The importance of healthy ecosystems and stable animal populations can be demonstrated by a recent study in California showing that healthy sea otter (Enhydra lutris) populations can have an effect on carbon sequestration. Healthy populations of sea otters keep sea urchins populations under control; allowing kelp forests to thrive. Kelp forests are very efficient at sequestering carbon from the atmosphere.
Researchers agree that increasing otter populations will not cure the CO2 problem, but the study demonstrates that “managing animal populations can affect ecosystems abilities to sequester carbon” (SD, 2012).
Mitigating the rise of carbon released into the atmosphere is an ever increasing environmental issue. Helping animals could be a big boost for the environment as well. To read more on the study go here; or see the reference to the complete journal article below.
Here is another article on carbon sequestration in marine ecosystems.
Sea otters are listed as endangered on the IUCN Red List of Endangered Species. World populations of sea otters fell to 1,000–2,000. Bans on hunting along with several reintroduction and conservation programs have helped to restore otter populations, but they are recovering slowly. You may read more here.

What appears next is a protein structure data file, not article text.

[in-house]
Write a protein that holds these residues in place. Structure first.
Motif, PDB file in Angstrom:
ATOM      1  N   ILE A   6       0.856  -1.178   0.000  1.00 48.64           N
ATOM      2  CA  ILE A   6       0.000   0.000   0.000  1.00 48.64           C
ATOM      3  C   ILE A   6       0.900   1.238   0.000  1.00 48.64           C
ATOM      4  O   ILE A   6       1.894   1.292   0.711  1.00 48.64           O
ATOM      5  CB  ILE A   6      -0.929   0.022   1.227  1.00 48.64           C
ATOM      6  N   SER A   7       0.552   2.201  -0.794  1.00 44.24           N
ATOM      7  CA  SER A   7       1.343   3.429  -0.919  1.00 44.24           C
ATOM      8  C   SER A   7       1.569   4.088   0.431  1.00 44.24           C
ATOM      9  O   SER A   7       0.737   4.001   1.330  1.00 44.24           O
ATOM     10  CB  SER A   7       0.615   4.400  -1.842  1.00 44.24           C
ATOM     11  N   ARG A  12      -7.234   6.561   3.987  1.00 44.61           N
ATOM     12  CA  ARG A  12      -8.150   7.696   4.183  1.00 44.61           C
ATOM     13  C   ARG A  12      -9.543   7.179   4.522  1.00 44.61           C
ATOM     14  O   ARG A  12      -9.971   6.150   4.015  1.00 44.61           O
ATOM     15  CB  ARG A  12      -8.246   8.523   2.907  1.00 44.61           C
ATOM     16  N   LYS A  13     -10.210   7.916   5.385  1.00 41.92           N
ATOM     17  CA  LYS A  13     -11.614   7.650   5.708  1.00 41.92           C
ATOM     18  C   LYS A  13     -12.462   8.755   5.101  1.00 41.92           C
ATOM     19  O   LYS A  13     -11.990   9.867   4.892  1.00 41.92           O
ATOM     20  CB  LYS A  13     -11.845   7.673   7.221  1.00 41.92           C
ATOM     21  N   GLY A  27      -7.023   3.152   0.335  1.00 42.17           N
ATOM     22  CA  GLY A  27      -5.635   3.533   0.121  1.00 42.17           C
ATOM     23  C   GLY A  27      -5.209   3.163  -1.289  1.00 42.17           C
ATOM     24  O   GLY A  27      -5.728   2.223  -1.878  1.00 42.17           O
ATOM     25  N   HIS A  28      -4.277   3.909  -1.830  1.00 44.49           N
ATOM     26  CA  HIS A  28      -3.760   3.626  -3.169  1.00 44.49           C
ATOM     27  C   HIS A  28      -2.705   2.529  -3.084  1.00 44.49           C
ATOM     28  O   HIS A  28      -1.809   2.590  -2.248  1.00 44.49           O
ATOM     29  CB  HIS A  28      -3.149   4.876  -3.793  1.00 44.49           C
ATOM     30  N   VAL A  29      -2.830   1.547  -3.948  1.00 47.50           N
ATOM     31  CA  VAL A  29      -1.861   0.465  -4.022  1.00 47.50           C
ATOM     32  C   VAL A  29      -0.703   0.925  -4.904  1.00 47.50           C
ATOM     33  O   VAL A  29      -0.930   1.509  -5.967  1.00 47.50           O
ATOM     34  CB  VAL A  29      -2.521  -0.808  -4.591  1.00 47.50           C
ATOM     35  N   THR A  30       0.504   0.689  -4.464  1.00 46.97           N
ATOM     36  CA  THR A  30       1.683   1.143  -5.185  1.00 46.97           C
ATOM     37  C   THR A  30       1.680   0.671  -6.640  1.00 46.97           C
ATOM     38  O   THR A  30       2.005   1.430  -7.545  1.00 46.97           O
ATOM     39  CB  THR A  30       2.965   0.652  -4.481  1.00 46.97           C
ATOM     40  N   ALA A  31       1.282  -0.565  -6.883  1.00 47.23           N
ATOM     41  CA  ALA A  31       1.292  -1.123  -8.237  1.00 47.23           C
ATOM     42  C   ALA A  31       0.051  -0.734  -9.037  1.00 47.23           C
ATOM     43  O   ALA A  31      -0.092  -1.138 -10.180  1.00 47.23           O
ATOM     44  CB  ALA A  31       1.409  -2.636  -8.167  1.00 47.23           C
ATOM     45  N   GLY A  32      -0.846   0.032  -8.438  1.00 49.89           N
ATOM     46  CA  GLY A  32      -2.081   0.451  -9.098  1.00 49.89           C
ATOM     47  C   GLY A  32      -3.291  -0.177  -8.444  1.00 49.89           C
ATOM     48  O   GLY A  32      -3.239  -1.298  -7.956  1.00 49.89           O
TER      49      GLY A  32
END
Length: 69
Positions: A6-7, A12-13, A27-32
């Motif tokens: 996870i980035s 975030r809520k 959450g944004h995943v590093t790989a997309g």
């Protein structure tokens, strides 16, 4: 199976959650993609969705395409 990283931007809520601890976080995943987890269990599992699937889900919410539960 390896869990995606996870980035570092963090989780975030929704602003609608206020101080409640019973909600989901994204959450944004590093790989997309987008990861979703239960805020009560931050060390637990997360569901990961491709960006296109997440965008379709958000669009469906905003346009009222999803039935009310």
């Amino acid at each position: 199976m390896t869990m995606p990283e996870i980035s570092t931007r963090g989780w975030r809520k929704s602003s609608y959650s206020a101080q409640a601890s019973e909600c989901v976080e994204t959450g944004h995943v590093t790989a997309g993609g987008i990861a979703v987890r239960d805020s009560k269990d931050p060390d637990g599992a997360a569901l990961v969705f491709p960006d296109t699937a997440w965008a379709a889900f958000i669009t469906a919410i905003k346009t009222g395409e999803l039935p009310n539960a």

References: (Please note these references are not properly formatted for use in student papers- you must reformat them to your proper style).
Chris Wilmers, James Estes, Matthew Edwards, Kristin L. Laidre and Brenda Konar. Do trophic cascades affect the storage of flux of atmospheric carbon? An analysis of sea otters and kelp forests. Frontiers in Ecology and the Environment, 2012 (in press)
image credit: http://en.wikipedia.org/wiki/File:Sea_otter_cropped.jpg